I served in the Latin Patriarchal Seminary in Beit Jala for 14 years, where I was a teacher, a rector, and an active participant in the seminary's various activities. It was a time full of challenges, a time of faith, optimism, and the true brotherhood among priests. When I recall my experience there, I remember St. Paul’s words in his first letter to Thessalonians: “For what is our hope or joy or crown to boast of in the presence of our Lord Jesus at his coming if not you yourselves, For you are our glory and joy”. (1 Thessalonians 2:19)
Finally, being a Patriarchal Vicar in Nazareth (1994 - 2017) and a Patriarchal Vicar in Jerusalem and Palestine (2017 - present) are the last stations. I practiced this ministry at the prime of my apostolic maturity in my life as a priest. I have lived a cherished pastoral experience among the parishioners on all fronts, especially during the General Diocesan Pastoral Synod.
2- What are some of the most precious moments you hold dear to your heart from your ministry as Patriarchal Vicar in Nazareth?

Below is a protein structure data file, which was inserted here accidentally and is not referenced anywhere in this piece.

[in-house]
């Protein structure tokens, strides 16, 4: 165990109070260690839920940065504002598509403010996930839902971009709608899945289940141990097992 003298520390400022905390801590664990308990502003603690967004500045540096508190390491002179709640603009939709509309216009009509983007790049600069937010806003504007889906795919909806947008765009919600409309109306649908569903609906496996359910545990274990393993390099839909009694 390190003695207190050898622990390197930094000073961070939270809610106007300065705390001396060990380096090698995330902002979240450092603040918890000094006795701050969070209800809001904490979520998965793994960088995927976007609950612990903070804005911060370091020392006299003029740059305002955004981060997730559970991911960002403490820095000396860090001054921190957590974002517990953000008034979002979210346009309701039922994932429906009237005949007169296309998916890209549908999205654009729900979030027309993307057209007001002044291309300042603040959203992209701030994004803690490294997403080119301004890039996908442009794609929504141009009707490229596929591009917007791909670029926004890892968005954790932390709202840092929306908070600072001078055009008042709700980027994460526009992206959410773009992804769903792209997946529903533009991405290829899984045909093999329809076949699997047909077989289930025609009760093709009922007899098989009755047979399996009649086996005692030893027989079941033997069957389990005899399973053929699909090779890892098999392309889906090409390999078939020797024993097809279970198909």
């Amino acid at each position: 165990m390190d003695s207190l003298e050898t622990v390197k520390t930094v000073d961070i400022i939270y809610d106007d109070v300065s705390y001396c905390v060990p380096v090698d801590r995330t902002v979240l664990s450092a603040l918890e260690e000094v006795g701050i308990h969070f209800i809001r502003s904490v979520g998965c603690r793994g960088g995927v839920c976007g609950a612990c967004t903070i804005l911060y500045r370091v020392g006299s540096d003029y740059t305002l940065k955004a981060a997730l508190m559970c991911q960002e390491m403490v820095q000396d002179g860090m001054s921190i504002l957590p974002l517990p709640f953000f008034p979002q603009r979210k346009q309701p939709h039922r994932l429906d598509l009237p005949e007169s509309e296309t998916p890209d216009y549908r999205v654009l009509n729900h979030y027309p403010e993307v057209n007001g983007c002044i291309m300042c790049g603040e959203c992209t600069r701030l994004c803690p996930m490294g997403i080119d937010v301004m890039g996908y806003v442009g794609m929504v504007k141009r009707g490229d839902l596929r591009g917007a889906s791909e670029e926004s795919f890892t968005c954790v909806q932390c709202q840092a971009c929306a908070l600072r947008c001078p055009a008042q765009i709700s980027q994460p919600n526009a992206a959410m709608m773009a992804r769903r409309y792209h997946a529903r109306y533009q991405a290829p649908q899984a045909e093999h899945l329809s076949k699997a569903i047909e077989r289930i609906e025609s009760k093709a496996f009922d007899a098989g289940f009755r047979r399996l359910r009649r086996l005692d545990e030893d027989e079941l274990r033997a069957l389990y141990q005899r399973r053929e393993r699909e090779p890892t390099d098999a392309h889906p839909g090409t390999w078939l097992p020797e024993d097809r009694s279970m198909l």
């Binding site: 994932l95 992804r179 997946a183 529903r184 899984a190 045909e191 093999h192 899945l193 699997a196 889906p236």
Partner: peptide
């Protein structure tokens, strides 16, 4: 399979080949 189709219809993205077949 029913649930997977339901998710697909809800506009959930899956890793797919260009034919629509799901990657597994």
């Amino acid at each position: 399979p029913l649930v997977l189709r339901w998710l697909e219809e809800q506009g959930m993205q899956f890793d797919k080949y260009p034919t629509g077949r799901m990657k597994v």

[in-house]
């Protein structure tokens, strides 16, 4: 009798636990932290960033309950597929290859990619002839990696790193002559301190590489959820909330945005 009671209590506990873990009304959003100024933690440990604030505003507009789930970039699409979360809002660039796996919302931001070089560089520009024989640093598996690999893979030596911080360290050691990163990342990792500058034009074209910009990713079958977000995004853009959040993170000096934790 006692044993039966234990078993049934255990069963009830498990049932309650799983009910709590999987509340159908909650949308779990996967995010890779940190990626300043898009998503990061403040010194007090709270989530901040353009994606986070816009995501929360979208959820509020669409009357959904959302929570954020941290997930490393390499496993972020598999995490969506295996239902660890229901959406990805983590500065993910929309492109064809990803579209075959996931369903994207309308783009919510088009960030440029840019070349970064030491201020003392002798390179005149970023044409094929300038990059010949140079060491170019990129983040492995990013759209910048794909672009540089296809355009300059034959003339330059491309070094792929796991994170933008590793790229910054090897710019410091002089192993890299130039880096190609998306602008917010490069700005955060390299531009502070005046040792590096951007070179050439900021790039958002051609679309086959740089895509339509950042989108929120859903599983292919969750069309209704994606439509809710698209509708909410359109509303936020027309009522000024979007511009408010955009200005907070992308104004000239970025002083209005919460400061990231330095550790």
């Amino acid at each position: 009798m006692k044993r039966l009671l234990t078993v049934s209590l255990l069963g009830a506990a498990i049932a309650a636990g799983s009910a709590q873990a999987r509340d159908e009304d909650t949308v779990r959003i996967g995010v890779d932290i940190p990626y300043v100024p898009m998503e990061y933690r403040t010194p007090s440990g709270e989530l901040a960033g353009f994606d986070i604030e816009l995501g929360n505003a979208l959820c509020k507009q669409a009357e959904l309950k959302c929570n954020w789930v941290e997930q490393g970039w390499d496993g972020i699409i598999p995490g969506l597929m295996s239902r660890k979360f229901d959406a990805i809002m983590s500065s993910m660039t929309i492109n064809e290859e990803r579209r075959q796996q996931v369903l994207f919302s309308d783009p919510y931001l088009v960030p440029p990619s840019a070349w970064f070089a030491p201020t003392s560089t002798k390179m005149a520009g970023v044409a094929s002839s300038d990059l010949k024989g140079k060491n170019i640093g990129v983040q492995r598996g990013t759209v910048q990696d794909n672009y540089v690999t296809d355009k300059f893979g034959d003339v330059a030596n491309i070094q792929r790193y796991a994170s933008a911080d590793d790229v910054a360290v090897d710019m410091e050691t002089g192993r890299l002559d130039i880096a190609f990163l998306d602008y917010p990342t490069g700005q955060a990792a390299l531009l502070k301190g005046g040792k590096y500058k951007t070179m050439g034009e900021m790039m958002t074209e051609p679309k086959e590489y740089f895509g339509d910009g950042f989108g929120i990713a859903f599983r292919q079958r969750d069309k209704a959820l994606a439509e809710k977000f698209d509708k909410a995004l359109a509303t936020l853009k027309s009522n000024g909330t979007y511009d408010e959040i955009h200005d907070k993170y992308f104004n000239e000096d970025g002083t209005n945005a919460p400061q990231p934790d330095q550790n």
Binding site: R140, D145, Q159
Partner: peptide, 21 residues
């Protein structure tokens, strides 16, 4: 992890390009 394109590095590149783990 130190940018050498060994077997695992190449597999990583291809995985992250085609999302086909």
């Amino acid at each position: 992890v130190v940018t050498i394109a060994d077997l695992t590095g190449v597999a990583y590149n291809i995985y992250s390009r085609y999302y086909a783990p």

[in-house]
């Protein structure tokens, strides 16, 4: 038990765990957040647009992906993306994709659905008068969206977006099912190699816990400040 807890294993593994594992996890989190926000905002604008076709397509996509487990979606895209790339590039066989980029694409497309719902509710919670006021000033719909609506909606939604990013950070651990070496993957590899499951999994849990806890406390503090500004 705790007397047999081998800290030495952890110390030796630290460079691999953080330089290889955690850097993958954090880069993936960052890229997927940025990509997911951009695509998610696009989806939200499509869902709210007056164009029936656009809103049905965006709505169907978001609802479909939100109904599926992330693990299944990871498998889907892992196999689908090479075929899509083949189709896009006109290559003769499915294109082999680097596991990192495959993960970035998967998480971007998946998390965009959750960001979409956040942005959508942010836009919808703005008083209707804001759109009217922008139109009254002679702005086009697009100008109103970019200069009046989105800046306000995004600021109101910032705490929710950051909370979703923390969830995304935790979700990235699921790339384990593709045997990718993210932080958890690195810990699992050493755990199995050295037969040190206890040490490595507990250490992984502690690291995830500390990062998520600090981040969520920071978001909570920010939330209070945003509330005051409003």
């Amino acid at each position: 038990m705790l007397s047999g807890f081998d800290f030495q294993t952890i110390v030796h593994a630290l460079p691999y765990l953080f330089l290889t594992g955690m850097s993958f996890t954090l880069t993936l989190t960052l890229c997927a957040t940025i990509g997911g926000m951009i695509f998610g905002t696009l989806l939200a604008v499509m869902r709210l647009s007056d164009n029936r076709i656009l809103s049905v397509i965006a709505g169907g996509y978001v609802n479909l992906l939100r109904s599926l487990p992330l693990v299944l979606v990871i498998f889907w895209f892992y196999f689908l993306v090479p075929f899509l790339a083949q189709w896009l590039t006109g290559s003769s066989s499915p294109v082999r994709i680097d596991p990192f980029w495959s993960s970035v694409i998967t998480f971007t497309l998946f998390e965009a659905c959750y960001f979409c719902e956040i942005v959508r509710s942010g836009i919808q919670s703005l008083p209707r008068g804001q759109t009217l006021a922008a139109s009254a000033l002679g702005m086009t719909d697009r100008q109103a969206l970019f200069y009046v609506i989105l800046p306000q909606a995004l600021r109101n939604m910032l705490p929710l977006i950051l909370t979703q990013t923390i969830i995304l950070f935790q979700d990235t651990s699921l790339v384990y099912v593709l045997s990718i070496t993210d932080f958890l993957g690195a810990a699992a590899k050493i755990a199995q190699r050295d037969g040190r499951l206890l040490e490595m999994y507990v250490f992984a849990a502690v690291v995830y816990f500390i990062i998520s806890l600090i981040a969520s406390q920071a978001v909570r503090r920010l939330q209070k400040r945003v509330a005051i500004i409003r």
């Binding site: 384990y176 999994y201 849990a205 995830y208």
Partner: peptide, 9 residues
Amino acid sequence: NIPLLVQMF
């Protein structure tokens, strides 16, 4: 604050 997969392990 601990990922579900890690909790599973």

This experience in Nazareth left a huge impact on my life. First, I strongly experienced the meaning of life between parishioners and priests, as well as the cooperation with other churches and interreligious dialogue (with Muslims, Jews, and Druze) and social, historical, and cultural interaction with the multifaceted community in Galilee.
In these years (1994 - 2017), I was closely following the life of the parish, schools, religious communities, celebrations in the Holy places, and meetings with pilgrims as any other bishop would do. Thus, I was an interactive witness to growing spiritual and pastoral phenomena, such as the ‘Legio Maria’ and the Neocatechumenal Way, and the establishment and prosperity of the Bible competitions aiming at spreading the knowledge of the word among the various parishes; Catholic, Orthodox, and Anglican, besides encouraging youth movements.